At its simplest level, cloud computing means using someone else’s computer. This gives you rapid access to computing power, storage, and network services that can help you scale your operation up or down, depending on your requirements.
Cloud is a technology buzzword with many meanings. Dropbox is cloud. Microsoft Office 365 is cloud. Salesforce is cloud. Any software that you access via the Web is technically cloud. ‘Cloud’ is so prominent in today’s technology industry lexicon, that it is hard to remember a time without it.
The standardization of ‘cloud’ is very recent though. Consider that a 2004 review of the Beta release of Amazon Web Services never mentions the word ‘cloud’. And ‘cloud’ does not show any prominence in Amazon’s blogs until 2006!
By the time the National Institute of Standards and Technology (NIST) published a definition of Cloud in 2011, the NIST researchers had at least seven years to observe the rise and evolution of cloud computing to guide their definition:
“Cloud Computing is a model for enabling ubiquitous, convenient, on-demand network access to a shared pool of configurable computing resources (e.g., networks, servers, storage, applications, and services) that can be rapidly provisioned and released with minimal management effort or service provider interaction.”
There are five key traits that cloud infrastructure has:
- On-demand self-service – the self in self-service can be an individual person or an individual corporation
- Broad network access
- Resource pooling
- Rapid elasticity
- Measured service
Cloud services can generally be broken down into three service models: Infrastructure as a Service (IaaS), Platform as a Service (PaaS) and Software as a Service (SaaS). Each of these has a similar component stack. The difference is which parts of the stack are managed by the provider and which are handled by the consumer.
The Deployment Model for Cloud is delineated less along the lines of ‘where’ the Cloud is deployed and more along the lines of ‘with whom’ the Cloud is shared. There are a variety of models that can be used to deploy cloud services in any given business.
Public cloud solutions are readily available from Google, Amazon, Microsoft, and others. Public cloud services provide infrastructure and services to the public. You or your company can secure a piece of that infrastructure. Resources are shared by hundreds or thousands of people. Google reported in April 2017 that it had 1 billion monthly users. While your email account is protected by a password, the hardware on which it is stored is shared by over 1 billion people.
In contrast to public cloud computing, a private cloud is typically hosted within a company’s firewalls. Alternately, some companies host their private cloud with an external third-party provider, which allows these deployments to tap into external compute resources on an on-demand basis.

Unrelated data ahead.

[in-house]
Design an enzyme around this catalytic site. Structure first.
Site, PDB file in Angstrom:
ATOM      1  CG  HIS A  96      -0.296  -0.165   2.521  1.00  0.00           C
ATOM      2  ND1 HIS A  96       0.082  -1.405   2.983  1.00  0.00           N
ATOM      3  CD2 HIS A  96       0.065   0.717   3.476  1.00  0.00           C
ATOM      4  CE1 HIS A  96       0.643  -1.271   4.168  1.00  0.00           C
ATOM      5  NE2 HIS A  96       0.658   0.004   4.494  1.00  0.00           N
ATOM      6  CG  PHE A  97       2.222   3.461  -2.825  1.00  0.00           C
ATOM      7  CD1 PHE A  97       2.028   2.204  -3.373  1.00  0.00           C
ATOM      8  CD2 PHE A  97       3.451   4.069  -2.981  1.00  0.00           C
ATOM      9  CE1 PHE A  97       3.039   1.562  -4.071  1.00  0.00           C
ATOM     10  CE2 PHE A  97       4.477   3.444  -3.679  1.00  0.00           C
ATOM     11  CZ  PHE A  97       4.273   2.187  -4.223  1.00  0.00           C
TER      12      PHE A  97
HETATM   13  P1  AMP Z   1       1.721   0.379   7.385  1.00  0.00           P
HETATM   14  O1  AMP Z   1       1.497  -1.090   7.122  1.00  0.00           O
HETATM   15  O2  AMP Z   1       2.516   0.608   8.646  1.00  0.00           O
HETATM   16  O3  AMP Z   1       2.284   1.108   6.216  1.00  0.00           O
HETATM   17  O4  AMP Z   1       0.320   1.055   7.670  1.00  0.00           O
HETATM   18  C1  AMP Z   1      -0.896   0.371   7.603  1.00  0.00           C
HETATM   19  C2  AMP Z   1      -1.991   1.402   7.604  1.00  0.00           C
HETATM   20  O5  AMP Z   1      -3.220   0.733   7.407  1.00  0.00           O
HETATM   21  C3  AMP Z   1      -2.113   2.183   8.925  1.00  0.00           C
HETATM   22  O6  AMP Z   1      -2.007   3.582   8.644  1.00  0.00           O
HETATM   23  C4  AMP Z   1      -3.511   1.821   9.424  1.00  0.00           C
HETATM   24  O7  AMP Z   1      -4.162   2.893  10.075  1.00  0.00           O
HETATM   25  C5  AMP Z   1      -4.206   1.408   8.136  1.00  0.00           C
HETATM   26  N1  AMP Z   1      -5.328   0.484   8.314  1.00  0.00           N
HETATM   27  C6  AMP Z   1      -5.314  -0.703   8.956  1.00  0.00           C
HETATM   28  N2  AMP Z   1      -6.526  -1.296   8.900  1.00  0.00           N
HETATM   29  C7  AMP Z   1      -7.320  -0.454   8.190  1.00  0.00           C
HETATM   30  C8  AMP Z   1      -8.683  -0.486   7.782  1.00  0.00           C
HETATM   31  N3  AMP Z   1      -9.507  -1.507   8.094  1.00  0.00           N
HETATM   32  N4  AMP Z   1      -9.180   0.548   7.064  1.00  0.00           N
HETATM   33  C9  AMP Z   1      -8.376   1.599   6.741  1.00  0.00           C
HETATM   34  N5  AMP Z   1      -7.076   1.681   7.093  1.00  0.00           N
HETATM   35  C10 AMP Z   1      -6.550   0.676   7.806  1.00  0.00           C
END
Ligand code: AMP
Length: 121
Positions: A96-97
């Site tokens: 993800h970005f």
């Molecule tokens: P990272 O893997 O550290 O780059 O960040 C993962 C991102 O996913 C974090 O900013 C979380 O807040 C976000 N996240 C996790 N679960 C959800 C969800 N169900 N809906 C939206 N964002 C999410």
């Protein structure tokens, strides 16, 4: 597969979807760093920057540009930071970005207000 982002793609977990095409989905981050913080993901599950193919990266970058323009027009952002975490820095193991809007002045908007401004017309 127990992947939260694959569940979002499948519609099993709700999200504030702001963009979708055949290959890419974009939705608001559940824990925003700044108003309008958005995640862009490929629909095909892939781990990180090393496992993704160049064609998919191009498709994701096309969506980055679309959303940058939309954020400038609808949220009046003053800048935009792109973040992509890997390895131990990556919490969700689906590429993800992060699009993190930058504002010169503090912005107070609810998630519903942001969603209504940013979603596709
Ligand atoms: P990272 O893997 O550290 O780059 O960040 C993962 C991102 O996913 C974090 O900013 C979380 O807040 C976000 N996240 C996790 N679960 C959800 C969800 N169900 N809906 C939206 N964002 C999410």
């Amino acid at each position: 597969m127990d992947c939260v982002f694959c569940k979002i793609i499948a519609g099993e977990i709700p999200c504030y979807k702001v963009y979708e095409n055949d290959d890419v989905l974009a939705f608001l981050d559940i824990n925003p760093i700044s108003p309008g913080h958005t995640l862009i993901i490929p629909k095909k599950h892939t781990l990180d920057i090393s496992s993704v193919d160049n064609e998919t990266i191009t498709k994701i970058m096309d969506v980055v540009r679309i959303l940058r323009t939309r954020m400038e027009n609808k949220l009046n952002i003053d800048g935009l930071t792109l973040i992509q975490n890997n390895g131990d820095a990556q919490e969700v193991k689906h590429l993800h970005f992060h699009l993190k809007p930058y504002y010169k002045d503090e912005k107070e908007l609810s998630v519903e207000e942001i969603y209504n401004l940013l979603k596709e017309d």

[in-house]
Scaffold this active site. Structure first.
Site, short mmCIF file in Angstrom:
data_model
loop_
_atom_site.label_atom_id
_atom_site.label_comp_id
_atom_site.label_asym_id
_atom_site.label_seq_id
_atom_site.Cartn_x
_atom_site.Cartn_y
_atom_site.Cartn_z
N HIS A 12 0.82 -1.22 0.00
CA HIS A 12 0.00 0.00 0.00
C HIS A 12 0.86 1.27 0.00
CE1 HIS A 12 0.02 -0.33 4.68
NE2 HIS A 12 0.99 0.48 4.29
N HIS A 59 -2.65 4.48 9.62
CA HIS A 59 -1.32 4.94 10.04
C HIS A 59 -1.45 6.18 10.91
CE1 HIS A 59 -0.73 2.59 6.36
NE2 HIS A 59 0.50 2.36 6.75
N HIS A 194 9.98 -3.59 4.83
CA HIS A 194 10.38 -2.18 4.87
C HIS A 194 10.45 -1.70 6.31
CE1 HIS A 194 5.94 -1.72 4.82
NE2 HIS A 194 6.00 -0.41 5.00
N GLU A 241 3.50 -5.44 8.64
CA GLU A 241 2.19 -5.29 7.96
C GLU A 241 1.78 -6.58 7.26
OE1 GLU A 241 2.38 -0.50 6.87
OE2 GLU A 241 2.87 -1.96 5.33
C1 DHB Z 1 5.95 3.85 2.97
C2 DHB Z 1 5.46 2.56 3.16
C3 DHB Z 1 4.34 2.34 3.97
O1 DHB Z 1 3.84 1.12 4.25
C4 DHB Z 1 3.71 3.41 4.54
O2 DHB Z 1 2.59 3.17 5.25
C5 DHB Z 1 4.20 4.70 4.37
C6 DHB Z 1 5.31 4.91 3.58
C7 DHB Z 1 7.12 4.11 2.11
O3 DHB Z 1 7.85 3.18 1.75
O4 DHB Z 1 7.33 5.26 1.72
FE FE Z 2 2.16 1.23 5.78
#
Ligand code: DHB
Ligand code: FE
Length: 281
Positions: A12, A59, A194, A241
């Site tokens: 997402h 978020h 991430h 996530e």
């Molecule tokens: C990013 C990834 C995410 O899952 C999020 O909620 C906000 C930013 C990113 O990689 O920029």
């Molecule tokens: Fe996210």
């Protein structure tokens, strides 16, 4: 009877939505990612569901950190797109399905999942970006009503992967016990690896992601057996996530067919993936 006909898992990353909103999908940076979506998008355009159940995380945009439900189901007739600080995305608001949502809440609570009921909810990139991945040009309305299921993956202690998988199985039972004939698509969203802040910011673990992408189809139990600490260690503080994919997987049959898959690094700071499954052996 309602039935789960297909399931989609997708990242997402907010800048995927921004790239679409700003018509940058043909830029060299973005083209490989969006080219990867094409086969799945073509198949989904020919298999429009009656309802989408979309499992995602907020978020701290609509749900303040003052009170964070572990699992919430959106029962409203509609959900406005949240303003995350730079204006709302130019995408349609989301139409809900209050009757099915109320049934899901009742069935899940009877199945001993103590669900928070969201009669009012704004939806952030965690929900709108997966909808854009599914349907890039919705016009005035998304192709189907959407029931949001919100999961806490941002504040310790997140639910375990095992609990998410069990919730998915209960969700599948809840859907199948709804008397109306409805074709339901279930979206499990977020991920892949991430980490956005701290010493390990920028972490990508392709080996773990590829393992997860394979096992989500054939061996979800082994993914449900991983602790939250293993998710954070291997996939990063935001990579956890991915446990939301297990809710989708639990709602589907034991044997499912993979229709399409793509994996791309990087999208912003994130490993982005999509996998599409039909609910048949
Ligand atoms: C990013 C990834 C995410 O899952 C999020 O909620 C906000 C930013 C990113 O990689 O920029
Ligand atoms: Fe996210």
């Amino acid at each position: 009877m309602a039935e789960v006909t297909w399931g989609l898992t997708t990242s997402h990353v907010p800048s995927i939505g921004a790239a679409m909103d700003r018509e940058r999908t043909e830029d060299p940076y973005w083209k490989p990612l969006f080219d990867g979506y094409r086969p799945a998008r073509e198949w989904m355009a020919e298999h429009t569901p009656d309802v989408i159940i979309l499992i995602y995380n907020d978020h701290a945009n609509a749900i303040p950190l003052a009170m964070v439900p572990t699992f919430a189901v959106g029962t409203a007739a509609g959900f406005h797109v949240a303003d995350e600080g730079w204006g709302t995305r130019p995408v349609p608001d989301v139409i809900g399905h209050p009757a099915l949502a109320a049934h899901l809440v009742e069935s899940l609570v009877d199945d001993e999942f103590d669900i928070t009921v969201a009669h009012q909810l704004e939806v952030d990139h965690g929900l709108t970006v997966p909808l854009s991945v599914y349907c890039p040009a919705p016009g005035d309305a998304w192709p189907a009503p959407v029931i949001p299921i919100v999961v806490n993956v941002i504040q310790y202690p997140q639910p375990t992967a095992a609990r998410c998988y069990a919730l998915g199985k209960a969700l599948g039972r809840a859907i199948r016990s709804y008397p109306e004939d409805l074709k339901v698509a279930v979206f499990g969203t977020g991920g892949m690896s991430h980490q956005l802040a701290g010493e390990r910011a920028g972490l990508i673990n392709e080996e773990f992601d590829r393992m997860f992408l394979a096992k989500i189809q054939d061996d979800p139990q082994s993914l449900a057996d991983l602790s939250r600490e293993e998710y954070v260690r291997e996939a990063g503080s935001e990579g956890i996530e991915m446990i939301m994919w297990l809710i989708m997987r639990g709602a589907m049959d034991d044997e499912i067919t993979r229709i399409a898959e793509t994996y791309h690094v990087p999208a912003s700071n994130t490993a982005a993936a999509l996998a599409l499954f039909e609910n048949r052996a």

At its most basic, a hybrid cloud joins together a public and private cloud with an encrypted connection and technology that makes data portable. The key here is that both clouds remain separate, independent entities while also having one or more touch points in common. A hybrid cloud is not the same as simply relying on cloud services for some functions and a private cloud for others.
For some organizations, a hybrid cloud represents an intermediary step between their old on-site data storage and processing setups and transitioning entirely to the public cloud. For others, hybrid cloud solutions enable them to leverage the scalability of cloud computing while maintaining the integrity of their data and ensuring compliance with regulatory mandates and compliance standards.
Multi-cloud is a deployment model that involves using multiple cloud services from multiple public cloud hosting providers, often in combination with on-premises physical, virtual, and private cloud infrastructure.
Adopting Cloud for your business allows for an incredible amount of innovation and an overwhelming array of options. If you’re unsure about how to start assessing the various applications for your business, the folks at CCSI are here to help. We’ll ensure that your configuration meets your daily operational, security, compliance, and back up needs.
How are you utilizing the cloud? Does your company use a public, private, or hybrid cloud solution?
Migrating applications and data services to the cloud is fraught with risk. While businesses expect improved flexibility, cost and control, many don’t anticipate the application performance problems that can arise due to significant infrastructure changes. Learn the challenges that will need to be tackled before making the jump to the cloud in this free whitepaper.
Author Bio: Joe Goldberg is the Senior Cloud Program manager at CCSI. Over the past 15+ years, Joe has helped companies to design, build out, and optimize their network and data center infrastructure. As a result of his efforts, major gains in ROI have been realized through virtualization, WAN implementation, core network redesigns, and the adoption of cloud services. Joe is also ITIL certified.